As cause | had called | you up,| have held | him to;
           ,     ,      2          ,          ,       ,
      Or else | it would have | galled his | surly | nature,
             ,    ,       ,          ,    ,
      Which ea|sily | endures | not^ar|ticle,
       ,   2           ,         ,        ,         ,
      Tying him | to aught,| so put|ting him | to rage,
             ,            ,       2   ,        ,        ,      2->
      You should | have tane | the advan|tage of | his cho||ler
             ,          ,   ,
      And passed | him un|elec|ted.
 
BRUTUS
                                     ,       2     ,
                                    Did | you perceive,
          ,       ,      ,         ,         ,
      He did | soli|cit you | in free | contempt,
            ,         ,           ,          ,         ,
      When he | did need | your loves:| and do | you think,
        ,     2      ,            ,         ,         ,
      That his con|tempt shall | not be | bruising | to you,
        ,    2         x          ,     ,                ,
      When he hath | power to | crush? Why,/ had your | bodies
           ,        ,          ,      2       ,          ,
      No heart | among | you? Or | had you tongues,| to cry
          ,          ,       ,         ,        o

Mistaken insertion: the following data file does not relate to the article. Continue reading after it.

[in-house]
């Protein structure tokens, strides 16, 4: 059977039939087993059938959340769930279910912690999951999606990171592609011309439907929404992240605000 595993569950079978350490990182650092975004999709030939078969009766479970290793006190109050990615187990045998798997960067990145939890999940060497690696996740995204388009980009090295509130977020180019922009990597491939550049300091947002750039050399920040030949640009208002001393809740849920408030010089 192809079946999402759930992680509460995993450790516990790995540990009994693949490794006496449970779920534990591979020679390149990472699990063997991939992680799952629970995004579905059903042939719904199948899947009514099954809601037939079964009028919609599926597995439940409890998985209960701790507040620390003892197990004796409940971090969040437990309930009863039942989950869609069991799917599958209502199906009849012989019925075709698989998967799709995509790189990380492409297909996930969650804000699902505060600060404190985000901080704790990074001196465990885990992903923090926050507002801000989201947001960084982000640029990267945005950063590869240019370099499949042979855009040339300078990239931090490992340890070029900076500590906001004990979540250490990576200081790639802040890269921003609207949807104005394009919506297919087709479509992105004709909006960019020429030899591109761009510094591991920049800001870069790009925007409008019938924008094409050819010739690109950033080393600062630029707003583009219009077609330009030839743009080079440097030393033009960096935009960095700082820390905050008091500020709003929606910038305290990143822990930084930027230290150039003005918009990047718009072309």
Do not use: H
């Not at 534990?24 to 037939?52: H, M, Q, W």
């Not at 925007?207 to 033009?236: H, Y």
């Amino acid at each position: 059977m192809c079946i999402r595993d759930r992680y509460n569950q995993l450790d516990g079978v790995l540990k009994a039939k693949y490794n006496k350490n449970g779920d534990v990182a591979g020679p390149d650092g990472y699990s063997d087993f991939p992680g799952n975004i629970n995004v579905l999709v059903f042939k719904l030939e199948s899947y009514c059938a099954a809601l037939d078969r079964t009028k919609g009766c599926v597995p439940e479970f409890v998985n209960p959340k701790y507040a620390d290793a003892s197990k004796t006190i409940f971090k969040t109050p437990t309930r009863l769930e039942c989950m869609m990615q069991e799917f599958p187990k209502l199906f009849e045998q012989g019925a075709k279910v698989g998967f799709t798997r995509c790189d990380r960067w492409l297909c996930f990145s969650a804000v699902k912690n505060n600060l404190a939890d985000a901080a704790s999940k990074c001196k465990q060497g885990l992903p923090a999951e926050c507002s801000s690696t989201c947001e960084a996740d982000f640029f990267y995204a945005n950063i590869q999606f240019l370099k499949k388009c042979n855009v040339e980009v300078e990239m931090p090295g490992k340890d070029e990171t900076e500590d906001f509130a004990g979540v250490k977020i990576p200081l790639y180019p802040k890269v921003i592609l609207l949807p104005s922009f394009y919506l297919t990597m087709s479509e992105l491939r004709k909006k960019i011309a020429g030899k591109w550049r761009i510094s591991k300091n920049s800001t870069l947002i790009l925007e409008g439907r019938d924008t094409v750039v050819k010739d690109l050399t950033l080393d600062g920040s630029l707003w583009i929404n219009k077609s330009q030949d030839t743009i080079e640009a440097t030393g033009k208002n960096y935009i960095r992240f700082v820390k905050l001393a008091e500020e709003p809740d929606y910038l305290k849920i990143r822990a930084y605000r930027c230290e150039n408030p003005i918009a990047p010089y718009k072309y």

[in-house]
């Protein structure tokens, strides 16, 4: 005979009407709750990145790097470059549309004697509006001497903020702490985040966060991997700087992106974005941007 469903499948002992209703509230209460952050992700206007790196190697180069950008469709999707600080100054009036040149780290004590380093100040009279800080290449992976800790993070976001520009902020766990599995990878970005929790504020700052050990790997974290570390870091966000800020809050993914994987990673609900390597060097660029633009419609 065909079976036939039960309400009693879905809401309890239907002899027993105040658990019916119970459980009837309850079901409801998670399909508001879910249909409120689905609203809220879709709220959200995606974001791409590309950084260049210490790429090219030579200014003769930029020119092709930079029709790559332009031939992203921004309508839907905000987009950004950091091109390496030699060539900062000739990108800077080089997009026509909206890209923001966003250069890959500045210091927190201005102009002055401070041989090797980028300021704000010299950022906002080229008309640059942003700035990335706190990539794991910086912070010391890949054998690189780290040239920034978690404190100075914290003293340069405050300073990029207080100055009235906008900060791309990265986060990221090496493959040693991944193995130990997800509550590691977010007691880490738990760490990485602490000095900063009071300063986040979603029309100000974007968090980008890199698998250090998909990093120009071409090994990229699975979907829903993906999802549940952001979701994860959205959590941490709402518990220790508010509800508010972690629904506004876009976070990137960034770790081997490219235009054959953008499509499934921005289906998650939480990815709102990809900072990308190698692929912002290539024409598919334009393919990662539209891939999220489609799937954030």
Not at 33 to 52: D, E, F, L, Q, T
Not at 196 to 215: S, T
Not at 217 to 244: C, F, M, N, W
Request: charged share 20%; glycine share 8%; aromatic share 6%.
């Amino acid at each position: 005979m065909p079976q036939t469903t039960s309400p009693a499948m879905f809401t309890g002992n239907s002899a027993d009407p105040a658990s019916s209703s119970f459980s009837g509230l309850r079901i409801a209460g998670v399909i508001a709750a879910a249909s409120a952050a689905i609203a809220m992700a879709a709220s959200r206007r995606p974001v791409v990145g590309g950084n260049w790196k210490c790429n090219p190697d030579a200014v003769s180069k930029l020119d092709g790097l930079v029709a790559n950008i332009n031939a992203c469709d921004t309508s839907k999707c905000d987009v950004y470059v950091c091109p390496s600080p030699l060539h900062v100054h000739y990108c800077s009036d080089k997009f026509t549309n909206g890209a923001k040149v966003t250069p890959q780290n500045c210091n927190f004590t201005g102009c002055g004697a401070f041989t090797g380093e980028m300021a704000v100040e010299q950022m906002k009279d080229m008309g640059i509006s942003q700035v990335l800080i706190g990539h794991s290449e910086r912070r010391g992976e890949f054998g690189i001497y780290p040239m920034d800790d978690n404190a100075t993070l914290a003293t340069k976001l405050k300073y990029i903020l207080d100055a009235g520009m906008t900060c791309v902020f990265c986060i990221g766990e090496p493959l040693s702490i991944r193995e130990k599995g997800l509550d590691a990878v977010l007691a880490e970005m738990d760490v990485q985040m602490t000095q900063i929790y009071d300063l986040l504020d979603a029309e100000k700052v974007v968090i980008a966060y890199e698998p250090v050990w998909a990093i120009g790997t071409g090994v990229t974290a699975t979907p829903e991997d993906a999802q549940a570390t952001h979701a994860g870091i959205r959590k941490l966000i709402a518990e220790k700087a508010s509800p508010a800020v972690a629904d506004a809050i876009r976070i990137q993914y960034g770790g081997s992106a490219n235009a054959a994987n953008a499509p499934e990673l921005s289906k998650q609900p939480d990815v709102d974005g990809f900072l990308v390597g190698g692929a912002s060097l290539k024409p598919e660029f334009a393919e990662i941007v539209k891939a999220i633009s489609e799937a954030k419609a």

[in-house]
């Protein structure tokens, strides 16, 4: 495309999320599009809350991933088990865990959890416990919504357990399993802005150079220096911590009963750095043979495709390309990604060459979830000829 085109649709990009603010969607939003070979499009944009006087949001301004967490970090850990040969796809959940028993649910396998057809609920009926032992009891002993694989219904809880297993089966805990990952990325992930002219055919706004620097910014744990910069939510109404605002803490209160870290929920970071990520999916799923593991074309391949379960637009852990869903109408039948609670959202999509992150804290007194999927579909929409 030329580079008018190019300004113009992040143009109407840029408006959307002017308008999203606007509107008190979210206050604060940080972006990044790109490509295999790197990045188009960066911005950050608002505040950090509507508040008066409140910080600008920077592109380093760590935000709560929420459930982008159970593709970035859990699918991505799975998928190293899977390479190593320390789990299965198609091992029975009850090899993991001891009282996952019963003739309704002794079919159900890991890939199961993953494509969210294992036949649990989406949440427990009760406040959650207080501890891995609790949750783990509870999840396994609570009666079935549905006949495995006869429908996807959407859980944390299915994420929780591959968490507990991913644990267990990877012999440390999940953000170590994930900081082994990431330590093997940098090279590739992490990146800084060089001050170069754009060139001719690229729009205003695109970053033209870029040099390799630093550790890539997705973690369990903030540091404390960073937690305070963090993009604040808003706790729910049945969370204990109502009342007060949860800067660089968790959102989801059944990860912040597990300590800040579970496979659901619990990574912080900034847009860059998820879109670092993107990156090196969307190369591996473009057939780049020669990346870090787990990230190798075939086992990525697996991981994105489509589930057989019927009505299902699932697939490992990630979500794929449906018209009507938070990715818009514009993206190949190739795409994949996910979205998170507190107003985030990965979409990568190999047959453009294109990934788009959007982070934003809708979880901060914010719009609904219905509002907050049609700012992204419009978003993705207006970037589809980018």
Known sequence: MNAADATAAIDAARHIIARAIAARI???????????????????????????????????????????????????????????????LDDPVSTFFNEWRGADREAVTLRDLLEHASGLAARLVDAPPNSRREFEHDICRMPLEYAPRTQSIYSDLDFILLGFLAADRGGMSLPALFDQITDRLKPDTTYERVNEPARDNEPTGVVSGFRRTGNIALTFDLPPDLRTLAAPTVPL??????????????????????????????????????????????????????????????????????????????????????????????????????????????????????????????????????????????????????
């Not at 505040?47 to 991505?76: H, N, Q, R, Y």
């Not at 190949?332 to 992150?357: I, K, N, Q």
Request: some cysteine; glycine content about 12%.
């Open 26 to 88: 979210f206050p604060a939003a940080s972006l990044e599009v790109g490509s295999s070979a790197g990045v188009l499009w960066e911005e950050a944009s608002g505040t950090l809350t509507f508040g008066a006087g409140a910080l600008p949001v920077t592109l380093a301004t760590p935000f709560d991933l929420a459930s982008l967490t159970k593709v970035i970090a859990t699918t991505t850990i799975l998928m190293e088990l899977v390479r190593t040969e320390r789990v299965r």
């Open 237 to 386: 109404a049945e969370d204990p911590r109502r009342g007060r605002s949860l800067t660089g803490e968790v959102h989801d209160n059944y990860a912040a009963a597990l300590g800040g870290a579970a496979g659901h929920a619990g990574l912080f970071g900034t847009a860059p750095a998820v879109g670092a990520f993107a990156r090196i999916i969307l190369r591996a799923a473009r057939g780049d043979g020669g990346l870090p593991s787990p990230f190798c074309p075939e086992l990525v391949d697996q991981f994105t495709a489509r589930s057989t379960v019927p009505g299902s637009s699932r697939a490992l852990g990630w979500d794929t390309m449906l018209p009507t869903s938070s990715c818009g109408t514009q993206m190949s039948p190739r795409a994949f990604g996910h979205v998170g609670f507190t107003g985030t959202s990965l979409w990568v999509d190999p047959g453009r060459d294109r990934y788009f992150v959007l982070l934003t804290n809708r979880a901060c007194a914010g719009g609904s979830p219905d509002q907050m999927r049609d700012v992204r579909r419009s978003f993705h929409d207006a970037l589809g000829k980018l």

Against | the rec|torship | of judg|ment?
 
SICINIUS
        ,             ,        ,         ,      o
      Have you,| ere now,| denied | the as|ker:
           ,       ,        ,          ,         ,           ,  ->
      And now | again,| of him | that did | not ask,|| but mock,
          ,           ,   ___     ___
      Bestow | your sued-|for | tongues?
 
THIRD CITIZEN
            ,          ,         ,       ,        ,
      He's not | confirmed,| we may | deny | him yet.
 
SECOND CITIZEN
            ,       ,
      And will | deny | him:
      <-  ,      T    T   T         ,       ,          ,
        I'll | have five hun||dred voi|ces of | that sound.
 
FIRST CITIZEN
      <- T   T     T      ,         ,             ,           ,
         I twice five || hundred | and their | friends to | piece 'em.
 
BRUTUS
      <- ,           ,    ,                  ,             ,
        Get you || hence in/stantly*,| and tell | those^friends,
      <-  ,            ,        ,         ,           T    T    T
        They have || chose a | consul | that will | from them take
             ,      ,      ,      2      T   T    T
      Their li|berties,| make them of | no more voice
             ,          ,        ,       ,         ,       2->
      Than dogs | that are | as of|ten beat | for bar||king
           ,          ,        ,
      As there|fore kept | to do | so.